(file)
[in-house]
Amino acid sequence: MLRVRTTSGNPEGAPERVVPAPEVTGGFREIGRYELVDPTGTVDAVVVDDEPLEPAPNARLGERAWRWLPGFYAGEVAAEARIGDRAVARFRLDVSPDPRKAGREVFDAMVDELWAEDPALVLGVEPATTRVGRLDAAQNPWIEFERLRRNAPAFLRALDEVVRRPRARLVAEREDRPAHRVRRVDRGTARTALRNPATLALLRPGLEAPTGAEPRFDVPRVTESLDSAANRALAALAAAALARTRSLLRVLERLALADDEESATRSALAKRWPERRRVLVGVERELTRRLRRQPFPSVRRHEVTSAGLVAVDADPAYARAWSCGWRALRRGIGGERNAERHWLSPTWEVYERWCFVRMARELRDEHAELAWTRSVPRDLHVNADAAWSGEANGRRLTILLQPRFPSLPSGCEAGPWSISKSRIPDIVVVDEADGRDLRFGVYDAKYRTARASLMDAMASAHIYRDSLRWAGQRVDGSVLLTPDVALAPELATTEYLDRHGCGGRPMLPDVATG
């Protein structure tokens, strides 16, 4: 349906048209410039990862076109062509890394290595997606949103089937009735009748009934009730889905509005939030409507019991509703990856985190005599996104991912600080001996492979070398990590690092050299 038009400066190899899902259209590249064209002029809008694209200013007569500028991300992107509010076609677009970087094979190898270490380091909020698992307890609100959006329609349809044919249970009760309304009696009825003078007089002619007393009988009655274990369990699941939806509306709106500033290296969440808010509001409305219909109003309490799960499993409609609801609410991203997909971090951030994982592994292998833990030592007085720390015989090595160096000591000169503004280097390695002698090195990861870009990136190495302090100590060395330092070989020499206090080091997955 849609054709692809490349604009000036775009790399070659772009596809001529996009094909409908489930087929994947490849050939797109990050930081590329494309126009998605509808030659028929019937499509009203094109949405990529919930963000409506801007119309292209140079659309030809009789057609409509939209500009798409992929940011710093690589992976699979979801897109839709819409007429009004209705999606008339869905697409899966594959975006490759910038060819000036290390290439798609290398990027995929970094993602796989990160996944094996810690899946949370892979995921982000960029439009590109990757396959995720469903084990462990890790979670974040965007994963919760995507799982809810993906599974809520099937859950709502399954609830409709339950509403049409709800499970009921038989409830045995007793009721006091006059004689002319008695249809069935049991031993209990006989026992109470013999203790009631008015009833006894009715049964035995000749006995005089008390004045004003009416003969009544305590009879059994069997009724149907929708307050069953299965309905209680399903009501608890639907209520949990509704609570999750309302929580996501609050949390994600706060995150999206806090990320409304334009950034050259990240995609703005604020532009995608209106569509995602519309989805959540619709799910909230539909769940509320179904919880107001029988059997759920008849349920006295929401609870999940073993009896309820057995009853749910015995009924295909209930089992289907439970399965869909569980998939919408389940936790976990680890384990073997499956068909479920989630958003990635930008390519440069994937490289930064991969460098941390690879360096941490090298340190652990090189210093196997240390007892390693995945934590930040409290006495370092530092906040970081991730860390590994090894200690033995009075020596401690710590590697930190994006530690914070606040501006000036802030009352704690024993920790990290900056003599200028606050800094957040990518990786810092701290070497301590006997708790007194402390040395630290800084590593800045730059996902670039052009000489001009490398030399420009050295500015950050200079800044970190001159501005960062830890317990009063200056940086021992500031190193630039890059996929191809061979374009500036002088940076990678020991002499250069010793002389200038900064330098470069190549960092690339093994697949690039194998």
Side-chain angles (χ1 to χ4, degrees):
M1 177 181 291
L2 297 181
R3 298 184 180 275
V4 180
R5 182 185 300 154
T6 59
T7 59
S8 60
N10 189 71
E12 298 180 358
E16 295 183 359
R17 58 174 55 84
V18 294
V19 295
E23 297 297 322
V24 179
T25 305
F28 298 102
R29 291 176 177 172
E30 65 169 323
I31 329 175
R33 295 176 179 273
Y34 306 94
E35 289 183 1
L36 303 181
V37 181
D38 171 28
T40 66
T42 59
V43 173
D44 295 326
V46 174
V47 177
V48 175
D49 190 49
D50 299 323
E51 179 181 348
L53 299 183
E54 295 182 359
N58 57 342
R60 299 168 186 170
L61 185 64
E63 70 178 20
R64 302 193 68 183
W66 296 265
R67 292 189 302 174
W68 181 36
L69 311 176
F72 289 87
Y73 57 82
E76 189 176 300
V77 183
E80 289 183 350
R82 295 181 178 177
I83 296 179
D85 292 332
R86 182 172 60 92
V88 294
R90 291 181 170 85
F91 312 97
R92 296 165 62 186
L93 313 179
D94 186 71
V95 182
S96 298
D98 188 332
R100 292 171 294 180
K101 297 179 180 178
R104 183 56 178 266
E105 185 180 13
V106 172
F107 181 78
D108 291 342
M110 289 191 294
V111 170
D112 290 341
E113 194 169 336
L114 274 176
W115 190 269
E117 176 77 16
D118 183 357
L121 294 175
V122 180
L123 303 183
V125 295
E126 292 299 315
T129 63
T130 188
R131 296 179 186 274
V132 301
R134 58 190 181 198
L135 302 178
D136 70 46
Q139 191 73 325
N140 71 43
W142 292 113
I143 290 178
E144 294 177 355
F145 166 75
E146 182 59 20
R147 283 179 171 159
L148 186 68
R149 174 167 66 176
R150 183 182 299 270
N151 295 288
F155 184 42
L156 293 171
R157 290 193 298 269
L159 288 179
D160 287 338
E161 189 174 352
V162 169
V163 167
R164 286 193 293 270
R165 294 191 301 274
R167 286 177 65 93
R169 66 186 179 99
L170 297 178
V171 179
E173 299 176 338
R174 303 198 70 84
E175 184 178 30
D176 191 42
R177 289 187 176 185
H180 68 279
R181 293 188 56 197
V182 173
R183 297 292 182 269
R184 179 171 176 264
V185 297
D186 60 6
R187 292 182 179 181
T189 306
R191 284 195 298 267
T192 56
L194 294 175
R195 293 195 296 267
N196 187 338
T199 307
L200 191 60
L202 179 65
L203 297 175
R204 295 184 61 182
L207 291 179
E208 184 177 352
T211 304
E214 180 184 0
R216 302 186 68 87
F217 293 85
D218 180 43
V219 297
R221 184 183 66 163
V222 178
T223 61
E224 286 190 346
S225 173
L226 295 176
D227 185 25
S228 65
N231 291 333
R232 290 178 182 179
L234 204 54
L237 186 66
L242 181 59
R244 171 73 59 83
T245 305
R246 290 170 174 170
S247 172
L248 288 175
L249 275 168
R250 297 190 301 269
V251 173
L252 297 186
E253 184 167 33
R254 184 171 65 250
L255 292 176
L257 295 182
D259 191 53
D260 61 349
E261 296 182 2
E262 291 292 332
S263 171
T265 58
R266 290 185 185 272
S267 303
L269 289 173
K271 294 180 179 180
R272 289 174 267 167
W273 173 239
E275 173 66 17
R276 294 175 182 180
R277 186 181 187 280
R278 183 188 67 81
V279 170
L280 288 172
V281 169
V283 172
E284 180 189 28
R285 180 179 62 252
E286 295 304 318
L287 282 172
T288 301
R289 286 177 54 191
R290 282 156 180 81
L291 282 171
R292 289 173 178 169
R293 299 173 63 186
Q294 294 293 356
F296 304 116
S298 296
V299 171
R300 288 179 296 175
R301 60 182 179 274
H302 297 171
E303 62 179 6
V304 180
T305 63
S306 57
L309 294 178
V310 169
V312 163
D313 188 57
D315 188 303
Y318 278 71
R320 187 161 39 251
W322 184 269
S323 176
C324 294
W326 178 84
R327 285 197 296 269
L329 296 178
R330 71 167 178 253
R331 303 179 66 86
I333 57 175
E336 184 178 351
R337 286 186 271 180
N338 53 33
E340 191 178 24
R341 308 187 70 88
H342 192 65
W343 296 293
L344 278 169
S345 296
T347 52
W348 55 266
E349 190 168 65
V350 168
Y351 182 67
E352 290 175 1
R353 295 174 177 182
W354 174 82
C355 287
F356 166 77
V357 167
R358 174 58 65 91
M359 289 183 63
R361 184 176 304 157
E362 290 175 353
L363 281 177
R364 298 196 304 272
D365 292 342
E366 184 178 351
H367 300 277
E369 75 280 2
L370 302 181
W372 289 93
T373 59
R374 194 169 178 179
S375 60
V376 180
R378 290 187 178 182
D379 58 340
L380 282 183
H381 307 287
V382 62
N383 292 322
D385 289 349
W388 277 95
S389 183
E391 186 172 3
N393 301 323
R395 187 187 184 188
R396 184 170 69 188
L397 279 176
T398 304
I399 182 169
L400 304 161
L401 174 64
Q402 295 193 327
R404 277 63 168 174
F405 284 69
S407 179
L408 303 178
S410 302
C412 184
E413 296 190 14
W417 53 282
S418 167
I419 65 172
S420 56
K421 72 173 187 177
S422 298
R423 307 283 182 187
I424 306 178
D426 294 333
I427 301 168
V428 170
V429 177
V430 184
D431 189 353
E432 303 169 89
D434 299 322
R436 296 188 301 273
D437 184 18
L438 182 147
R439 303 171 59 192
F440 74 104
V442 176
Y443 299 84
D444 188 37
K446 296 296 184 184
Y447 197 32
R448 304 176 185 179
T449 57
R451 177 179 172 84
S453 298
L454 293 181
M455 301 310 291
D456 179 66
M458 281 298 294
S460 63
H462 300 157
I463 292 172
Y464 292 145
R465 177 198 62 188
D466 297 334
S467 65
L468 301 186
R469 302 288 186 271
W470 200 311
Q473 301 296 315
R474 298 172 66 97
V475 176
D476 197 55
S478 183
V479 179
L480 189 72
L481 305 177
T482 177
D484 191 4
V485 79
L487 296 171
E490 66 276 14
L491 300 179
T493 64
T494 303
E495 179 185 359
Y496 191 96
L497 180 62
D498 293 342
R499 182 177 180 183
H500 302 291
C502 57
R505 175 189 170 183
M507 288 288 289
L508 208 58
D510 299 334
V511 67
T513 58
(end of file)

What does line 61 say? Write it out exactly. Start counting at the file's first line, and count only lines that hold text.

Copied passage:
R86 182 172 60 92